Rendition of the Local Void and surrounds
A smoothed rendition of the structure surrounding the Local Void. The Milky Way galaxy lies at the origin of the red-green-blue orientation arrows (each 200 million lightyears in length). It is at a boundary between a large, low density void, and the high density Virgo cluster.

An astronomer from the University of Hawaiʻi Institute for Astronomy (IfA) and an international team published a new study that reveals more of the vast cosmic structure surrounding the Milky Way galaxy.

The universe is a tapestry of galaxy congregations and vast voids. In a new study reported in The Astrophysical Journal, astronomer Brent Tully’s team applies the same tools from an earlier study to map the size and shape of an extensive empty region they called the Local Void that borders the Milky Way galaxy. Using the observations of galaxy motions, they infer the distribution of mass responsible for that motion, and construct three-dimensional maps of the local universe.

Galaxies not only move with the overall expansion of the universe, they also respond to the gravitational tug of their neighbors and regions with a lot of mass. As a consequence, relative to the overall expansion, they are moving toward the densest areas and away from regions with little mass—the voids.

In 1987 Tully and Richard Fisher noted the existence of the Local Void, which has become widely accepted but remains poorly studied because it lies behind the center of the galaxy and is therefore heavily obscured from view.

Now, Tully and his team have measured the motions of 18,000 galaxies in the Cosmicflows-3 compendium of galaxy distances, constructing a cosmographic map that highlights the boundary between the collection of matter and the absence of matter that defines the edge of the Local Void. They used the same technique in 2014 to identify the full extent of the home supercluster of over 100,000 galaxies, giving it the name Laniakea, meaning “immense heaven” in Hawaiian.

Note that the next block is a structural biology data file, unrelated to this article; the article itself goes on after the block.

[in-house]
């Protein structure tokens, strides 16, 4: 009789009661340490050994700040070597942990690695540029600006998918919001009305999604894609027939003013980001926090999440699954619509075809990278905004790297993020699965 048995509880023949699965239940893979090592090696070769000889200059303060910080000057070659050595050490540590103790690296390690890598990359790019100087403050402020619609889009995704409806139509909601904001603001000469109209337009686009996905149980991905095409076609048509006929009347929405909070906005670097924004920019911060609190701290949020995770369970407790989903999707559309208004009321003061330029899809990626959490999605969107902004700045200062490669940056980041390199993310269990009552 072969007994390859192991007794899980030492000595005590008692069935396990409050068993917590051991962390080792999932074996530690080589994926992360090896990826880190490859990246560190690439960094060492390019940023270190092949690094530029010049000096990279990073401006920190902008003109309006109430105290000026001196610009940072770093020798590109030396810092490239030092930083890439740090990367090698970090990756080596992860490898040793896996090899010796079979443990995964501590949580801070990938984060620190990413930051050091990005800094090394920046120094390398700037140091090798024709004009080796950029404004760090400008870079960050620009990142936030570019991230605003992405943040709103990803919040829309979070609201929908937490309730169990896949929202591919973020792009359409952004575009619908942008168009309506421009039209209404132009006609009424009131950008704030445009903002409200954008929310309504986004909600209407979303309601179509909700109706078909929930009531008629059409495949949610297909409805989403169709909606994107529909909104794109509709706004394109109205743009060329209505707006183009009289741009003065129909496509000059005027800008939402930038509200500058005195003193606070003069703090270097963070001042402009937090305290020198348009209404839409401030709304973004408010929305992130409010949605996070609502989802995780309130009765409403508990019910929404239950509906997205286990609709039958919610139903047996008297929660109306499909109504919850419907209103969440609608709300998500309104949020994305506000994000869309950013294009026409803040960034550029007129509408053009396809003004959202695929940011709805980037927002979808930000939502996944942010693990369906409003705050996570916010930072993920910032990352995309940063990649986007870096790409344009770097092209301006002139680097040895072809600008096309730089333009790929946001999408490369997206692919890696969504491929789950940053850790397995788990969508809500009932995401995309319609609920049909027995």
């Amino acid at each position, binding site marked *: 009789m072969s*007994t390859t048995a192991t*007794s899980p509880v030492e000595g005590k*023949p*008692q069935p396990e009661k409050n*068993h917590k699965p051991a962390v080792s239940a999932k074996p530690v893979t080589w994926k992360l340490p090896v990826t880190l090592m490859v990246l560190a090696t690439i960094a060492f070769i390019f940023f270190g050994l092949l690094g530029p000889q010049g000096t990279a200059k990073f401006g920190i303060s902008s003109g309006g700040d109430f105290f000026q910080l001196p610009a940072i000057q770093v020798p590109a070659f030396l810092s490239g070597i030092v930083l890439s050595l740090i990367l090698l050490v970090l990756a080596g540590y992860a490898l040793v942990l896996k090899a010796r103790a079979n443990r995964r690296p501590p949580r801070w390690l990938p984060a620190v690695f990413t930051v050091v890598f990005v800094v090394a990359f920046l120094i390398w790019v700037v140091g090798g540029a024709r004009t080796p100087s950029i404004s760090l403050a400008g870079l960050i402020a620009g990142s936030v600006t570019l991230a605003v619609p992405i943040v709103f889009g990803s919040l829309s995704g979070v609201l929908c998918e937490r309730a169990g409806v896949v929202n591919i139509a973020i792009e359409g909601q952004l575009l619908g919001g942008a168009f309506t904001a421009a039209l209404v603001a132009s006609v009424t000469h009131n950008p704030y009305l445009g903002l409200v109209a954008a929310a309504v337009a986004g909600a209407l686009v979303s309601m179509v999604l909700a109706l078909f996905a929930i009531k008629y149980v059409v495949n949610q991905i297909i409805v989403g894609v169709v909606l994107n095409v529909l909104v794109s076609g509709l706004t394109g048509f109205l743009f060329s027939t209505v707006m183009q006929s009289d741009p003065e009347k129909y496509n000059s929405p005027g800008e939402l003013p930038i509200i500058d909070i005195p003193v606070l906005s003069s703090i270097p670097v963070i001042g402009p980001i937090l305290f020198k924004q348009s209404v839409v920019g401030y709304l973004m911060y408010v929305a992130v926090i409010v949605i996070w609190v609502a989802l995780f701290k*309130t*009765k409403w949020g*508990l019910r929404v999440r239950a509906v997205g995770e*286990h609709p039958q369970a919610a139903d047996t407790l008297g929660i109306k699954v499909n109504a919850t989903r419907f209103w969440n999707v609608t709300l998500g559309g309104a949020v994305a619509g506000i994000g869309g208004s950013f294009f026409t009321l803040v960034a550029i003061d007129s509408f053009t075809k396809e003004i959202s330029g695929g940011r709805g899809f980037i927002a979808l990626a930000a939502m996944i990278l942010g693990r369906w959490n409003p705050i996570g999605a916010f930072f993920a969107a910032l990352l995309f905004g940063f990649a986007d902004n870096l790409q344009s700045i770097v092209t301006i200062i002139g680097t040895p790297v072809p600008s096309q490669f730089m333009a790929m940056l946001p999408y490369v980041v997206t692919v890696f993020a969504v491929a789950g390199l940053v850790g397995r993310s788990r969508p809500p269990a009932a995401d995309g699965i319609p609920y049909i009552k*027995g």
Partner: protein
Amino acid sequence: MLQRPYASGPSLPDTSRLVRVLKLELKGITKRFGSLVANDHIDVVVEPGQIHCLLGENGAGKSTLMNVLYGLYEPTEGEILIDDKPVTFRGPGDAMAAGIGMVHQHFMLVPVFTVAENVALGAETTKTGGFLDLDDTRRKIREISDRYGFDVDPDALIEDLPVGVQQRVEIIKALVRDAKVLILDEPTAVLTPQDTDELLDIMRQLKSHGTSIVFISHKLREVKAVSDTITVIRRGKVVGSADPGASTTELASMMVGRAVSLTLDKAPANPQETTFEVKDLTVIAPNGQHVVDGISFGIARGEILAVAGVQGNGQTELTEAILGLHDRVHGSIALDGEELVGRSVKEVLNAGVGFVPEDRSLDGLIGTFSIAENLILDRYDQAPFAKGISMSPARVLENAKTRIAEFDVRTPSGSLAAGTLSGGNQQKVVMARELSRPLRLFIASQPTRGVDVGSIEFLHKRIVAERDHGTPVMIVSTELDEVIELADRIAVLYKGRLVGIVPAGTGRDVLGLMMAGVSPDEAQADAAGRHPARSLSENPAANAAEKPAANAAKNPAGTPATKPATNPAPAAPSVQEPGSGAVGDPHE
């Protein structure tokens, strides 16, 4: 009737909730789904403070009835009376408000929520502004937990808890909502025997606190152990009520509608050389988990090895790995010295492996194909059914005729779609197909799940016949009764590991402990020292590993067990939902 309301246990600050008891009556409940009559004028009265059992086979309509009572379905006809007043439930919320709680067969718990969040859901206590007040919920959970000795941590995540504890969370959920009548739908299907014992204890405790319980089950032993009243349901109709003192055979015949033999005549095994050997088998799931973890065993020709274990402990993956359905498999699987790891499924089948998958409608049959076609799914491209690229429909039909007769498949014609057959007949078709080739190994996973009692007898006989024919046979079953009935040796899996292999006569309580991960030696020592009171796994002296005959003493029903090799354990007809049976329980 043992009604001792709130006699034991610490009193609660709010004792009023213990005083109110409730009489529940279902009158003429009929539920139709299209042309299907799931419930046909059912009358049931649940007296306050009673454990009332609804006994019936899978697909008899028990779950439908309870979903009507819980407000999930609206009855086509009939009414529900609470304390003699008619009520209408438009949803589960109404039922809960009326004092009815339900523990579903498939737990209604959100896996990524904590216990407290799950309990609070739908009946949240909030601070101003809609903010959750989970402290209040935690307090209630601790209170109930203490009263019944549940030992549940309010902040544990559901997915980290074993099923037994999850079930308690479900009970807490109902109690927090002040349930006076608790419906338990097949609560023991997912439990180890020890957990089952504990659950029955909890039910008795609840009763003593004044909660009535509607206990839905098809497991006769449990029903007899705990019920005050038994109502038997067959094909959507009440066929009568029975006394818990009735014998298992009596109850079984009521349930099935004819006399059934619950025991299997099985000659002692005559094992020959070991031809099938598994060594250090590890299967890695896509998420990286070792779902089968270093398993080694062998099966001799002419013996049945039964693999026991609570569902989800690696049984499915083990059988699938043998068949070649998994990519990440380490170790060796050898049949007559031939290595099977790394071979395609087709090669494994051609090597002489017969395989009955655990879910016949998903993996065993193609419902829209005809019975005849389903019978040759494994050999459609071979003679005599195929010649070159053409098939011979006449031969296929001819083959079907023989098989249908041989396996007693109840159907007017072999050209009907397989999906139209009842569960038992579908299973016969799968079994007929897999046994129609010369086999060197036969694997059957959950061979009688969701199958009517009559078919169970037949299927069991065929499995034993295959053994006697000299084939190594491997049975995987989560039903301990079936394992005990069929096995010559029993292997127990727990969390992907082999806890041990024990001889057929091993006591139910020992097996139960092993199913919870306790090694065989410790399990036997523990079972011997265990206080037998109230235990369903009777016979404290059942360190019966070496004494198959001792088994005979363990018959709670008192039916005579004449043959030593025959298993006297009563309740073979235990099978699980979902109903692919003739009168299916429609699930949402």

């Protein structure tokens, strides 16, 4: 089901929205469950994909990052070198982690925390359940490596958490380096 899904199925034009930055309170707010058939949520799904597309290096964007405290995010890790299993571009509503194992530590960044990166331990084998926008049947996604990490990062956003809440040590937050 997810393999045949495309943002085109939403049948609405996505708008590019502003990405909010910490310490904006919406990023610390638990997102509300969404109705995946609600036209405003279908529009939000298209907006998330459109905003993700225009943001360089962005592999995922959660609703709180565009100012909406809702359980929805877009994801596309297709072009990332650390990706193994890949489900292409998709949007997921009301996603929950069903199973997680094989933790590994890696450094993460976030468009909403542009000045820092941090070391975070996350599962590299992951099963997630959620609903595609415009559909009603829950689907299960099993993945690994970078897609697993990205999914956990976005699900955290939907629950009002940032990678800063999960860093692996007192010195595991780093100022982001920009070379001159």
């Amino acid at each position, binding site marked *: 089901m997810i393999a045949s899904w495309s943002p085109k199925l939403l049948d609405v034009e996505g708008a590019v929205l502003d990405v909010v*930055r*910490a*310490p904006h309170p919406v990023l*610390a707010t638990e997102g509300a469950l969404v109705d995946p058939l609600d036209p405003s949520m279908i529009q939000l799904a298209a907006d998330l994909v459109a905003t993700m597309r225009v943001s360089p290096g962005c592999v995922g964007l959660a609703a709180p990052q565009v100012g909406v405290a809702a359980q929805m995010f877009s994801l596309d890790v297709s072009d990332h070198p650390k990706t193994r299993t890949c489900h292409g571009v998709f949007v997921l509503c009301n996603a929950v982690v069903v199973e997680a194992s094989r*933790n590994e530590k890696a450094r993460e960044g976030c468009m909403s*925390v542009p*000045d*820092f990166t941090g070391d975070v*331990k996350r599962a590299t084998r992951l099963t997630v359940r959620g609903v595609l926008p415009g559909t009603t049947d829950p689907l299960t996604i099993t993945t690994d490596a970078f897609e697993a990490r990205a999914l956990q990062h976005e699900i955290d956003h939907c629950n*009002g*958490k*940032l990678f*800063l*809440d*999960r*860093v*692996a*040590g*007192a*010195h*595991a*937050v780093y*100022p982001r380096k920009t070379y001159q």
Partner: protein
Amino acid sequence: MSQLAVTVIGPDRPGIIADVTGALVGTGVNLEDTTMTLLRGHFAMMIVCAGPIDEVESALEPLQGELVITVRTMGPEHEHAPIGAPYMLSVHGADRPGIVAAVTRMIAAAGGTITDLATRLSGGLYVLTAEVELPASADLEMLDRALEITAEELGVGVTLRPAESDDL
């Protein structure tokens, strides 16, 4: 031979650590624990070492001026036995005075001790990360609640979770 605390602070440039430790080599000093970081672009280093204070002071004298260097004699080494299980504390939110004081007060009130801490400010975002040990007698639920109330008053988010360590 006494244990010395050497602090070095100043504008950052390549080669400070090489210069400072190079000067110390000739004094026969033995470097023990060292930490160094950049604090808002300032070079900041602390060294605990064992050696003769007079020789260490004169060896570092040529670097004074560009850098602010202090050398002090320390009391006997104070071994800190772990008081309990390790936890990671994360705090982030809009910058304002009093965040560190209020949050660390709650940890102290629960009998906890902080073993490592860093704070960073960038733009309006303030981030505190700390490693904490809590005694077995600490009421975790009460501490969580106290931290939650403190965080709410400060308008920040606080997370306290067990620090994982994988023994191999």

For 30 years, astronomers have been trying to identify why the motions of the Milky Way, the nearest large galaxy neighbor Andromeda, and their smaller neighbors deviate from the overall expansion of the Universe by over 600 km/s (1.3 million mph). The new study shows that roughly half of this motion is generated “locally” from the combination of a pull from the massive nearby Virgo Cluster and the participation in the expansion of the Local Void as it becomes ever emptier.

An 11-minute video demonstrates the shape and extent of these cosmic structures.

Interactive visualizations that allow the user to rotate, pan and zoom maps of the mass distribution:

The paper was published on July 22, 2019 in The Astrophysical Journal.

—By Roy Gal